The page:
sábado, 22 de setembro de 2018

Escudo do Botafogo aparece na prova da Escola Naval


A prova de matemática do concurso de admissão para a Escola Naval, da Marinha do Brasil, realizada no último sábado, 15, teve uma questão interessante, envolvendo o escudo do Botafogo. E aí, você consegue resolver?

(The math test in the admission contest for the Escola Naval, of Brazilian Navy, held on last Saturday, the 15th, had an interesting question, involving the Botafogo club's emblem. So, can you solve it?)

(The pentagram is a star-shaped polygon with 5 vertices, which can be equally distributed in a circle (forming 5 congruent arcs). The pentagram, through its segments, determines 6 internal regions, 5 triangles and 1 pentagon. The pentagon is considered a "neighbor" of all triangles, and there are no mutually neighbor triangles. Thus, using up to 6 distinct colors (black, white, gray, green, yellow and blue), in how many ways can these regions be colored, so that there aren't two neighbor regions with equal colors?)

PCFilho

3 comentários:

  1. I'm going to assume that rotations of a particular color scheme are counted as the same, but what about the reflection of a particular color scheme? Is it counted as the same or a distinct color scheme?

    ResponderExcluir
    Respostas
    1. Rotations are counted as the same. Reflections are not.

      Excluir
  2. All right. Here I go, taking a stab at it...

    Given info:
    You can use up to six different colors to color the pentagram.
    Adjacent regions can't be the same color.
    The pentagon is adjacent to every triangle, and none of the triangles is adjacent to another triangle.
    A rotation of a particular color scheme is treated as the same color scheme.

    Question: How many distinct color schemes are possible with this given info?

    Case 1: All six colors used.
    The first region we color can be any of the six colors, then the second region we color has five possibilities, and so on, until the last region colored must be colored with the last remaining color. So, for this, there seem to be 6*5*4*3*2*1=720 color schemes, but since rotations are counted as the same, we actually have one-fifth this many, or 144 (=720/5) different color schemes.

    Case 2: Five colors used.
    Two regions must be the same color. The pentagon is adjacent to all of the triangles, so it can't be one of the two same-colored regions. Therefore, we must use one of the colors to color two of the triangles. We can do this in only two ways (either the same-color triangles have a vertex in common, or they don't). We can use any of the six colors for this, so for the first color we have twelve possibilities. Using similar reasoning for the first case, this means we have 12*5*4*3*2=1440 color schemes.

    Case 3: Four colors used.
    With only four colors used, there are two sub-cases: the case of the 3-1-1-1 distribution; and the case of the 2-2-1-1 distribution. For the 3-1-1-1 distribution, we use one color to color three triangles (see the previous case for the reason why). There are only two ways we can do this and can use any of the six colors, so there are twelve possibilities for the first color. Proceeding from there, there are 12*5*4*3=720 different color schemes for the 3-1-1-1 distribution. For the 2-2-1-1 distribution, we have two pairs of same-colored triangles. We have twelve possibilities for the first pair and fifteen (three ways to choose the two triangles to color times five different colors to use for it) for the second pair, so there are 12*15*4*3=2160 different color schemes for the 2-2-1-1 distribution. All together, there are 720+2160=2880 different color schemes that use four colors.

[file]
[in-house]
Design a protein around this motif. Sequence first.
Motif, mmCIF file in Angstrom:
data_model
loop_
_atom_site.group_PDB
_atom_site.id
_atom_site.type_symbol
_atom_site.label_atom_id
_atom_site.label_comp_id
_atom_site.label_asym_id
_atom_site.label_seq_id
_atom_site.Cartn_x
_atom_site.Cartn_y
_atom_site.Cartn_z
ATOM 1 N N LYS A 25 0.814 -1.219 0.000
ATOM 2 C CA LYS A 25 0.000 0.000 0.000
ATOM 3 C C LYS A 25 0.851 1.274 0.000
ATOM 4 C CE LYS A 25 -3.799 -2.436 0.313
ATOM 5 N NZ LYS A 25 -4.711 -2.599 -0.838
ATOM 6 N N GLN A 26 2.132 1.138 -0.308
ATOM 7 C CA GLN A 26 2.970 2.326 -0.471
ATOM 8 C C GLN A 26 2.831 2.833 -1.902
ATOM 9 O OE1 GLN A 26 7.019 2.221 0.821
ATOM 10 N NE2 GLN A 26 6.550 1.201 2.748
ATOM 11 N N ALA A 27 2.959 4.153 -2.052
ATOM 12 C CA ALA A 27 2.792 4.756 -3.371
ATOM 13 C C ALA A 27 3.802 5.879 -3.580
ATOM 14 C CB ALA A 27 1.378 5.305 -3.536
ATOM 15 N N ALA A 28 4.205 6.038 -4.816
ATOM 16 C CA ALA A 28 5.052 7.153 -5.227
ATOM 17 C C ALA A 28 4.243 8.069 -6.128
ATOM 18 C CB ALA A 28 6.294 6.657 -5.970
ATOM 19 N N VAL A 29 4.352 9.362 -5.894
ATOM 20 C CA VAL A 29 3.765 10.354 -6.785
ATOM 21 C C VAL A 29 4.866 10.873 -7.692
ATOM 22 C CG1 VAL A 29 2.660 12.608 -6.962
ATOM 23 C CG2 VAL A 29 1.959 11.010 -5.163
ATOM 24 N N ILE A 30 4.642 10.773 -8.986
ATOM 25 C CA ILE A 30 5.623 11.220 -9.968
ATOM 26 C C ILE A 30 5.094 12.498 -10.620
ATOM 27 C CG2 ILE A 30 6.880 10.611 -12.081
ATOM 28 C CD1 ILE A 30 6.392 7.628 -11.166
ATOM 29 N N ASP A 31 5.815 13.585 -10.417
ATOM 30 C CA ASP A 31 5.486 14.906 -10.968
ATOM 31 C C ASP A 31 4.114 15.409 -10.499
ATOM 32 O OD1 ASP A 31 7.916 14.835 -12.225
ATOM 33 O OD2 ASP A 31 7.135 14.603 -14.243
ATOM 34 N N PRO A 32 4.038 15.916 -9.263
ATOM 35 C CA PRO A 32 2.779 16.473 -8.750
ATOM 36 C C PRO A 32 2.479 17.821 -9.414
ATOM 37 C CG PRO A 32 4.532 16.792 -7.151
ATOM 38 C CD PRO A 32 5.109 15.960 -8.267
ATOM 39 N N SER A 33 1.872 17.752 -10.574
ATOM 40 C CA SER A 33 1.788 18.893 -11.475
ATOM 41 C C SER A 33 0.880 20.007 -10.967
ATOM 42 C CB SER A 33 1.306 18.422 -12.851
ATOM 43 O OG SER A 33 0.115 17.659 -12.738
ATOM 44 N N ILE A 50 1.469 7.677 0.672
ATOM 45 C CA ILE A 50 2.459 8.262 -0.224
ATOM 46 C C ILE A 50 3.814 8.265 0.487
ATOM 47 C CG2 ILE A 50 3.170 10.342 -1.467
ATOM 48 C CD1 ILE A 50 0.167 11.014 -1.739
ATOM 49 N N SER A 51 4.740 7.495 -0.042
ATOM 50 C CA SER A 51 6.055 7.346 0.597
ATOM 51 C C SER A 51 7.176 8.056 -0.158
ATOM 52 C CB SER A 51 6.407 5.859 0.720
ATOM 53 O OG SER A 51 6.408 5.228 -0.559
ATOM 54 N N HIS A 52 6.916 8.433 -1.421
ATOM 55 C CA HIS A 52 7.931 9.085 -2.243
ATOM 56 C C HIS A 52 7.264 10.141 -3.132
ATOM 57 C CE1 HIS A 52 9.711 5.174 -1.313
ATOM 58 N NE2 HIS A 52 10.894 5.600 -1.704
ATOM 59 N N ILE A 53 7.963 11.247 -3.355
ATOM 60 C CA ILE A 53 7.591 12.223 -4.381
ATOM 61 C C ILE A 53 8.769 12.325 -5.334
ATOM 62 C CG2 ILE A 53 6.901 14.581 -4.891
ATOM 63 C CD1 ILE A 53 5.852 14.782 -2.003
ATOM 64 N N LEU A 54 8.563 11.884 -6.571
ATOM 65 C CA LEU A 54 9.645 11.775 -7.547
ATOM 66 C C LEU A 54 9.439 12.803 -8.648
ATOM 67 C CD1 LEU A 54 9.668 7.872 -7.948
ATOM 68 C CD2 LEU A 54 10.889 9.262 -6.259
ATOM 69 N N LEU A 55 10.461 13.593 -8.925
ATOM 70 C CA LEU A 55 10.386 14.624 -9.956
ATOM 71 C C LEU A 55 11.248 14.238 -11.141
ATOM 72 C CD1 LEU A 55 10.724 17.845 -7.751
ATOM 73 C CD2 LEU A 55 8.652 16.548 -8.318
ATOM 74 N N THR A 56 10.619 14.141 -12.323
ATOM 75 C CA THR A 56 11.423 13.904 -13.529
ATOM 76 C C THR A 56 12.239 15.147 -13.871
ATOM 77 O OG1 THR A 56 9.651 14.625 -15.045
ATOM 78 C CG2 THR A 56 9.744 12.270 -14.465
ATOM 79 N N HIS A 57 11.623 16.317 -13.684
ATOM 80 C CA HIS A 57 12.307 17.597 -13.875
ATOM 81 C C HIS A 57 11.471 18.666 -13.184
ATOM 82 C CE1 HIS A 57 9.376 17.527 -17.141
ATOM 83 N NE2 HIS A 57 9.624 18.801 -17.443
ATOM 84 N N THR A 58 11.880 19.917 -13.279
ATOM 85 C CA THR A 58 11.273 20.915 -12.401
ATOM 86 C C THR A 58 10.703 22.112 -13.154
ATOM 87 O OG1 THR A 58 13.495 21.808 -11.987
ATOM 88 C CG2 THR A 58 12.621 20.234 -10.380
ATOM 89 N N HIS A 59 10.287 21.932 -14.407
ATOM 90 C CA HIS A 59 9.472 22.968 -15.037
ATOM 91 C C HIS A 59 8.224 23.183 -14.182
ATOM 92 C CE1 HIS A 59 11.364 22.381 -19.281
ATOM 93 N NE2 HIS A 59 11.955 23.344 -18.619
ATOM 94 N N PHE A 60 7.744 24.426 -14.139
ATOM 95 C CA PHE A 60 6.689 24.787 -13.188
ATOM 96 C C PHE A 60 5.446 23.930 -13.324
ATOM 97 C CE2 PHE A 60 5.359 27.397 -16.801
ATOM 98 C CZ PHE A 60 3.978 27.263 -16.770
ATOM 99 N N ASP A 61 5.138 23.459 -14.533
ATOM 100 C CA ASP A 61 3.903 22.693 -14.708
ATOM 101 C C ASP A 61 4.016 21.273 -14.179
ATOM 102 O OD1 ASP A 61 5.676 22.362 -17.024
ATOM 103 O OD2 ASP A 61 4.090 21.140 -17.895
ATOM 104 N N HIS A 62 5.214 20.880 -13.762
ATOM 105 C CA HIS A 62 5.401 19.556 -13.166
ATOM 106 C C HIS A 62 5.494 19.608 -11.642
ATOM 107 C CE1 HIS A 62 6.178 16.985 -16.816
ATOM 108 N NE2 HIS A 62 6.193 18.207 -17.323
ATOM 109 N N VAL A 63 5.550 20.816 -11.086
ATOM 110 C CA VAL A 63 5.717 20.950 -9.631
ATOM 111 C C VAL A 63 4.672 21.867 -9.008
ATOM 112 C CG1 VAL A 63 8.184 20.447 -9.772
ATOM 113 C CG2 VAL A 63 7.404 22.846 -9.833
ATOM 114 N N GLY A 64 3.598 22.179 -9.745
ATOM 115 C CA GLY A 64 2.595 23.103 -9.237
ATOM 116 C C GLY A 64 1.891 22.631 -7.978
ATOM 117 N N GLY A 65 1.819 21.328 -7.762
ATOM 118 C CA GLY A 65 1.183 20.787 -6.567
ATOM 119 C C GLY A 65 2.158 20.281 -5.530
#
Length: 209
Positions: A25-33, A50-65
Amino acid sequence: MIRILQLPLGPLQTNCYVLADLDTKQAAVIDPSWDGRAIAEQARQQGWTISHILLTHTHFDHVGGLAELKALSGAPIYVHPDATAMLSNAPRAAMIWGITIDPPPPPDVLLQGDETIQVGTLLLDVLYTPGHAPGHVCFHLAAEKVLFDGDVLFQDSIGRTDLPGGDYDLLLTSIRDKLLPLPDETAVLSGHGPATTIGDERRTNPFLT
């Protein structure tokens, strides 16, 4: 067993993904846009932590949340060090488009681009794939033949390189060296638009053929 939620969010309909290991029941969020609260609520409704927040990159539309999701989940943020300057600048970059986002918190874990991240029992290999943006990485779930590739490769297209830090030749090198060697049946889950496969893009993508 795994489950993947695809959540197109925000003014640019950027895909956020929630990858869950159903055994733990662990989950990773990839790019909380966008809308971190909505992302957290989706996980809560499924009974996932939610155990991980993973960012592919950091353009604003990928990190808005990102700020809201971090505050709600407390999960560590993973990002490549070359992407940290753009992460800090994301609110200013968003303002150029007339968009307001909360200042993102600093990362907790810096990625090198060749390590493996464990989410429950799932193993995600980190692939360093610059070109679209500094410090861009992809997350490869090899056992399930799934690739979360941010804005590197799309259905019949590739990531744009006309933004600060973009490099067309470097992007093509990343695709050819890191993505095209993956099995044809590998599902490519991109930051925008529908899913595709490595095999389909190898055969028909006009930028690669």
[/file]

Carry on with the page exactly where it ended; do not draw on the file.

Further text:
Case 4: Three colors used.
    As with four colors, there are two possible sub-cases for three colors: the 4-1-1 distribution; and the 3-2-1 distribution. For the 4-1-1 distribution, four of the triangles are the same color. There is only one way to do this and it can use any of the six colors. So, there are 6*5*4=120 different color schemes for this distribution. For the 3-2-1 distribution, we color three triangles in one color and the remaining two in another color. With twelve possibilities for the three-of-a-kind color and only five for the pair color, there are 12*5*4=240 possible color schemes. Therefore, for three colors, we have 120+240=360 total color schemes.

    Case 5: Two colors used.
    The only way to do this is to color all five triangles with one color and the pentagon with another. With six possibilities for the first color and five for the second, there are 6*5=30 color schemes.

    Therefore, by this reasoning, the total number of color schemes is 144+1440+2880+360+30, or 4854.

    But, this number doesn't appear as any of the choices, so there must be a flaw in my logic somewhere. I'm thinking that the correct answer is 3774, because that's the only choice that has 4 as the units digit, but why does my answer exceed that by 1080?

    ResponderExcluir

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